Teaching Your Teen To Become a Responsible Driver

Help Your Teen Drive Responsibly

As parents, there are few things in life we fear more than our children being involved in an automobile accident—fatal or otherwise. But we also know (from our own personal experience being a teenager!) that learning how to drive is an important developmental milestone in most American teens’ lives. Few things are as invigorating as the open road, and the freedom to travel far and wide is indeed a great blessing. Driving teaches us all many lessons, and is a responsibility not to be taken lightly, or for granted. So how do we, as parents and guardians, prepare our kids and grandchildren for this massive undertaking? 

Help your Teen Drive Responsibly

Practice Makes (Near) Perfect

There is no such thing as a perfect driver (no matter what our fathers told us), but with a little extra practice time around the neighborhood, or in nearby parking lots, teens can begin to master the art of driving. Once your child starts nearing the legal driving age, assuming they have an interest in becoming a driver at 16, offer to take them out for practice drives on quiet back roads—note, many parents start these practice sessions with their kids before they’re enrolled in drivers education, but we can only recommend driving dates with your child once it’s legally permissible.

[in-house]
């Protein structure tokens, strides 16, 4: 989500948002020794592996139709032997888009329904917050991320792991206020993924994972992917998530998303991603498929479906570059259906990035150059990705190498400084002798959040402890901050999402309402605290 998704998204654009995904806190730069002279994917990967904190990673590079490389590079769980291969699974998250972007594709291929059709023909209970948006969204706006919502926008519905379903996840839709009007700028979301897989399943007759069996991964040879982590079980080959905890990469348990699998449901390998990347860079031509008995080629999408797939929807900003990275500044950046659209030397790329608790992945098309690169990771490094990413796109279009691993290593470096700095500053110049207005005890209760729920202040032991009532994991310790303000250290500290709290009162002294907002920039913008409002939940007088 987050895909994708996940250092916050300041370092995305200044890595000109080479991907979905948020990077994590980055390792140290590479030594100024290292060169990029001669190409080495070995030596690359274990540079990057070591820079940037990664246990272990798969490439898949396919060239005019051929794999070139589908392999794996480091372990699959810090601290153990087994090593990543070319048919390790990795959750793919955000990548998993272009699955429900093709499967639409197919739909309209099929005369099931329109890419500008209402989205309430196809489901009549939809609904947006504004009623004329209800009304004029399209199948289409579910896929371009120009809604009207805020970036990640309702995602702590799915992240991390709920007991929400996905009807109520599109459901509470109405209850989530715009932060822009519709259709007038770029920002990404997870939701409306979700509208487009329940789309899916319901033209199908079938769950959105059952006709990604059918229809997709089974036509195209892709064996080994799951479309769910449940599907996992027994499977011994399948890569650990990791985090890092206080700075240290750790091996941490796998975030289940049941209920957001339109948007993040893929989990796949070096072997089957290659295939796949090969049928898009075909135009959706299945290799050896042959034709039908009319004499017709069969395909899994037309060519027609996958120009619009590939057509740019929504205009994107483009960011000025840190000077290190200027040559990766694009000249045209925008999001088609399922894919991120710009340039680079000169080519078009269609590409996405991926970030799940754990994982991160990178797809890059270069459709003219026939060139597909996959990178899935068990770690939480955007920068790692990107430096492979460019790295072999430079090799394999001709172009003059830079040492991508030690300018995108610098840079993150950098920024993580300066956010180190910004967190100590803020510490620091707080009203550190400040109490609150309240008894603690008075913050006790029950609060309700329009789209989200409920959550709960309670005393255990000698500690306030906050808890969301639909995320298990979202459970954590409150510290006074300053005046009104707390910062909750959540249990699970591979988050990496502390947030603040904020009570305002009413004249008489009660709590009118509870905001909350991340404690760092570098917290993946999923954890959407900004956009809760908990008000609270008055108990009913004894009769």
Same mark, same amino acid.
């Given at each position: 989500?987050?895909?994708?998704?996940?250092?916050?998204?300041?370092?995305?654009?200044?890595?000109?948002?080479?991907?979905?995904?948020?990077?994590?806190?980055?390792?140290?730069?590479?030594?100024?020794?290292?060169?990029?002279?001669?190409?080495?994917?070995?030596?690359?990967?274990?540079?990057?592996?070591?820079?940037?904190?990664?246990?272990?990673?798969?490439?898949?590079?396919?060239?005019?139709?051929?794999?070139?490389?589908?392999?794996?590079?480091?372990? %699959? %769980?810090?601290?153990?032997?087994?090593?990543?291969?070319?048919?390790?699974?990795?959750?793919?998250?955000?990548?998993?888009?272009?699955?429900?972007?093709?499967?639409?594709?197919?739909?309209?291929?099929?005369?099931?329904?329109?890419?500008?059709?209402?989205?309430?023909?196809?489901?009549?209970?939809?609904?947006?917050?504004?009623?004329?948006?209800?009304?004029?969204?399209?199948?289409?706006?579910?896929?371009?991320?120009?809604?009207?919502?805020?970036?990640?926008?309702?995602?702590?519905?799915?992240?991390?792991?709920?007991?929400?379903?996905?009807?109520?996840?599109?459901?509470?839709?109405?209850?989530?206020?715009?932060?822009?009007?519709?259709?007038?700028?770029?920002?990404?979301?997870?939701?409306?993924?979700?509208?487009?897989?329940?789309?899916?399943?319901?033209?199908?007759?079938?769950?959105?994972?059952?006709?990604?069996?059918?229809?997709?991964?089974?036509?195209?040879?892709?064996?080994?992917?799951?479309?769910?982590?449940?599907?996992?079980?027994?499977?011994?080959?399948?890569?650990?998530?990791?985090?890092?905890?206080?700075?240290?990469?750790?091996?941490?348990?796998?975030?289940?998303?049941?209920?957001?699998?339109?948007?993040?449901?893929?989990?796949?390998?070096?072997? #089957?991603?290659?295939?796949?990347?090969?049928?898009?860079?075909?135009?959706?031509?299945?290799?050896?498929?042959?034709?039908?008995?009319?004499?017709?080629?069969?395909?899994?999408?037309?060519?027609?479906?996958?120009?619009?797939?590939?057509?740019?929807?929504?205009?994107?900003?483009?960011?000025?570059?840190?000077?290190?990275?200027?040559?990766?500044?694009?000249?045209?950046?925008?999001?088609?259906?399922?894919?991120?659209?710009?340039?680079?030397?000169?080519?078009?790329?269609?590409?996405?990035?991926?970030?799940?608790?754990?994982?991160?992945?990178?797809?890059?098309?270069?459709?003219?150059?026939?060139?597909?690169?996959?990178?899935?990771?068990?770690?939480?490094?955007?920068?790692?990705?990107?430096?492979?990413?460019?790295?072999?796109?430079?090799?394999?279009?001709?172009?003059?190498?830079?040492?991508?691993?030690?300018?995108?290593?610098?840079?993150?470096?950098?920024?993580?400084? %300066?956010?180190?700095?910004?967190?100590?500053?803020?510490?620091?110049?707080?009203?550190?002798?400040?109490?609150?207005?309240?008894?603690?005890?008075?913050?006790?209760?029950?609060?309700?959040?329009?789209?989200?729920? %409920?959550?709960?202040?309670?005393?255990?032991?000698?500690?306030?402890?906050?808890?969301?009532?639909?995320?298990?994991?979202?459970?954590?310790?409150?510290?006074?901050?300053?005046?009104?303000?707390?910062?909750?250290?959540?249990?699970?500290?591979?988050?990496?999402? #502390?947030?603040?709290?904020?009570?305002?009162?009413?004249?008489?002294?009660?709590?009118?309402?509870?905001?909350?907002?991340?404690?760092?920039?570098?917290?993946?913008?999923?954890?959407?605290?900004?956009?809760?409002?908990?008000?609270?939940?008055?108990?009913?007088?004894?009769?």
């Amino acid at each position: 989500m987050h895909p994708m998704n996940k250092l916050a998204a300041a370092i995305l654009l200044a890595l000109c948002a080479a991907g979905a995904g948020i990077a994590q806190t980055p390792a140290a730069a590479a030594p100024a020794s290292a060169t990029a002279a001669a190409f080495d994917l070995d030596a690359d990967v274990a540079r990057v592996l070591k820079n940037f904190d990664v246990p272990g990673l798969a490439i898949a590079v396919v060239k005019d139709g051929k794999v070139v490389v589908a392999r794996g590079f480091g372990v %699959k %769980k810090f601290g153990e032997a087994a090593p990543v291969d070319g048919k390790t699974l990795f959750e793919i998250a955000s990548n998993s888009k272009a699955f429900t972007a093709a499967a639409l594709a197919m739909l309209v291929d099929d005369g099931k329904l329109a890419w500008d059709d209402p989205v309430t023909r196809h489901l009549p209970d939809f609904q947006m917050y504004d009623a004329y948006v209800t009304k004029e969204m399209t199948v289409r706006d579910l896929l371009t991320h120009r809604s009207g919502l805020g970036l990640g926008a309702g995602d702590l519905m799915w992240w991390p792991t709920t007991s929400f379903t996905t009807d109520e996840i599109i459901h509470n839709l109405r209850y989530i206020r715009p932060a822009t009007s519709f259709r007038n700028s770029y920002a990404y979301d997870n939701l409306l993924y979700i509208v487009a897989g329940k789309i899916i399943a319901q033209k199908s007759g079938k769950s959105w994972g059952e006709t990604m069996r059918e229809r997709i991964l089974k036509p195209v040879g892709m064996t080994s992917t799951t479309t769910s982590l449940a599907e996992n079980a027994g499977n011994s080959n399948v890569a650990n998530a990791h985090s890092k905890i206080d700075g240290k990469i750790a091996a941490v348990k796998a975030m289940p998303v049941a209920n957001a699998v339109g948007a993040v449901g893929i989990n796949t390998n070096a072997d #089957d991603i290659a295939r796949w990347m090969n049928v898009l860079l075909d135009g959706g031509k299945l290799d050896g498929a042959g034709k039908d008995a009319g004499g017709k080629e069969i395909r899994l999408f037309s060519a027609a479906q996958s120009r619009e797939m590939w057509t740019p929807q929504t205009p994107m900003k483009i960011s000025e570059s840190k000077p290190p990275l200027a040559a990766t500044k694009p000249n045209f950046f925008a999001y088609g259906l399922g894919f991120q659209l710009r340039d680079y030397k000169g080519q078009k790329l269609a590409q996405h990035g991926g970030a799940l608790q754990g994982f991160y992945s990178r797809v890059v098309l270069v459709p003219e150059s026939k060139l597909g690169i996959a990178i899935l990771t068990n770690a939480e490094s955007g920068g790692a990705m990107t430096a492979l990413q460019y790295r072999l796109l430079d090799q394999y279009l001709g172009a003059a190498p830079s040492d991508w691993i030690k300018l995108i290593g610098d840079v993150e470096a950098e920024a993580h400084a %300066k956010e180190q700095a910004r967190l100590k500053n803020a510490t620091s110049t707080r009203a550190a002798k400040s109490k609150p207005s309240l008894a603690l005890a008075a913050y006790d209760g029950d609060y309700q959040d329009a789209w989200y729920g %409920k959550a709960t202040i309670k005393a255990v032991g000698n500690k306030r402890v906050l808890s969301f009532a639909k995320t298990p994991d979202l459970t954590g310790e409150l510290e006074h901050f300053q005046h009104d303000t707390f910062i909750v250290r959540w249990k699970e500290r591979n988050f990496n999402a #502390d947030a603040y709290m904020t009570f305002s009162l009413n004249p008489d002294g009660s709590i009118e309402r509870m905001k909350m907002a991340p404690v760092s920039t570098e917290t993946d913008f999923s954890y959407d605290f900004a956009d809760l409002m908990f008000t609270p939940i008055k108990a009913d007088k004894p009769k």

By setting aside time each week to work with your teen on their skills, you show them that you care about their safety, and are interested in passing down your hard-won tips and advice.

Bonus tip: schedule out your practice session in advance, and stick to mutually agreed upon times. By consistently showing up for training, your teen will know that you’re seriously committed to helping them achieve their goals.

Have Fun!

Driving is serious business, but it doesn’t have to be all furrowed brows and consternation. In fact, if children sense that you’re tense or afraid, they’re likely to project that in their driving sessions. Staying relaxed is important—make a mixed tape, or take your child down streets that have special meaning for you. Kids will be much more focused if they sense that the adults in the car trust them.

State Resources for Teen Drivers and Parents

These are just a handful of pointers to keep in mind in the quest to help the teens in your life become responsible drivers. For more tips and study aids, we suggest you visit your state’s Department of Motor Vehicles, or the National Highway Traffic Safety Administration.